Physical Computing 9/21/22


This week’s labs went down the smoothest so far. I can feel myself getting more comfortable building circuits and working with the various components.

Programming the microcontroller is another matter. Right now it feels like PComp is racing ahead of ICM a bit, and for what might be the first time in my programming experience, I have to juggle two different (albeit very similar) syntaxes in my head. I’m thinking draw() when I should be thinking loop() and vice versa.

More than the exercises with tone output and servo control–though getting the FSR “instrument” working and servo motor spinning were both rewarding–I found doing the digital input self-quiz to be exactly the kind of refresher and breather I needed to help my programmer brain calm down and start catching up.

Let’s take a look at this simple program I wrote and submitted for the quiz. Write a program that reads a digital input and prints out a message when the input changes from HIGH to LOW:

int buttonStart = LOW;

void setup() {
 pinMode(2, INPUT);

void loop() {
int Button = digitalRead(2);
if (Button == buttonStart) {
 if (Button == LOW) {
  Serial.println("button unpressed or just released");"
  // continually prints this message unless button is pressed
buttonStart = Button;

Is it the best or most elegant solution to the prompt? I doubt it, hence the comment I left. Even so, after wrestling with a few things (remembering to declare my button starting state variable at the top, the quote mark syntax for printing a message, and my bland variable names) I have something that, after checking it on the actual circuit, behaves exactly how I expected it to. That’s progress.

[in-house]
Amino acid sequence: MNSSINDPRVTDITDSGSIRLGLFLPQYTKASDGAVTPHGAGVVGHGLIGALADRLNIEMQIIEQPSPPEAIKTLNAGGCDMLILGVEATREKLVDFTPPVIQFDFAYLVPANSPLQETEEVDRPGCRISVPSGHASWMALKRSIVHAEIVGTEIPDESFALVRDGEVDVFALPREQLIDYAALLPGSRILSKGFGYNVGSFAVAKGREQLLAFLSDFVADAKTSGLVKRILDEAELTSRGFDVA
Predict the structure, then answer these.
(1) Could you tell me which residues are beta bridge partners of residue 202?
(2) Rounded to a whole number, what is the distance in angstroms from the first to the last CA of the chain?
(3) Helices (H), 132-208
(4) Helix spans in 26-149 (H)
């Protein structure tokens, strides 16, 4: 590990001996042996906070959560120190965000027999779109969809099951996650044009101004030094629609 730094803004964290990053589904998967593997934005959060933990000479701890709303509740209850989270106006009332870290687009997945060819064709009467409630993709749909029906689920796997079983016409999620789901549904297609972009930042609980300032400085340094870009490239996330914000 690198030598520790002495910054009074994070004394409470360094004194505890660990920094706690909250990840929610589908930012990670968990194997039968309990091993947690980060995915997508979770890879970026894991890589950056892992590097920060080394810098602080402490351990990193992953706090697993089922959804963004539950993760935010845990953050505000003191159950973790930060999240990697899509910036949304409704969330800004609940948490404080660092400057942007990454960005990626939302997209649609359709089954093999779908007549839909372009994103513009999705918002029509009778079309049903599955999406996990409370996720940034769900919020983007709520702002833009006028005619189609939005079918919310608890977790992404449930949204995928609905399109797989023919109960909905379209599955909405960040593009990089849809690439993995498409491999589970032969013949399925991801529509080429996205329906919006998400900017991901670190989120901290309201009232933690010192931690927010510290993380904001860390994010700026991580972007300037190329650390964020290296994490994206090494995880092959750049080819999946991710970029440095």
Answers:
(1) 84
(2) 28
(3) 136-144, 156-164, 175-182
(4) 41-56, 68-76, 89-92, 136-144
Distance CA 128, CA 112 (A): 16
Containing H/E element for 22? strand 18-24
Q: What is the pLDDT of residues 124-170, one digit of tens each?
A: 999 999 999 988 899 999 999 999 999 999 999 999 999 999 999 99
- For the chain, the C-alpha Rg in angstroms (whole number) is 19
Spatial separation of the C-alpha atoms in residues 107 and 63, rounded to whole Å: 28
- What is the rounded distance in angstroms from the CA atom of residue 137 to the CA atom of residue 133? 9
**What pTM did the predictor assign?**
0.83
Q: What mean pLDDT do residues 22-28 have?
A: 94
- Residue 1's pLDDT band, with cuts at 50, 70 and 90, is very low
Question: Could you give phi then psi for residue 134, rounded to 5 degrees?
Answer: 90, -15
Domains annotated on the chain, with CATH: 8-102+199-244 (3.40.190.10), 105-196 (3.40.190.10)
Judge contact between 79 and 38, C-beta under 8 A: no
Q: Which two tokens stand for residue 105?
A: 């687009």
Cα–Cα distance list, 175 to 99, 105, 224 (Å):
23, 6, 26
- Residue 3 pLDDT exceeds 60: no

A breadboard with a pushbutton wired to an Arduino Nano as a digital input and output to LED.
The LED circuit I made for the digital input/output self-quiz.

Also progress: while working with the potentiometer and speaker, I had Adnan (second year ITP) show me how to use the soldering iron. I know there’s a lot more technique and finesse to be learned with this, but I’m proud of myself for finally learning how to solder. It’s a skill I’ve been wanting to pick up for years but kept putting off because I would get paralyzed at the thought of picking the right project to justify it.

In the end, it took all of a couple minutes to learn the basics, because of course it did. That’s just more motivation to keep pushing.–9/28/22

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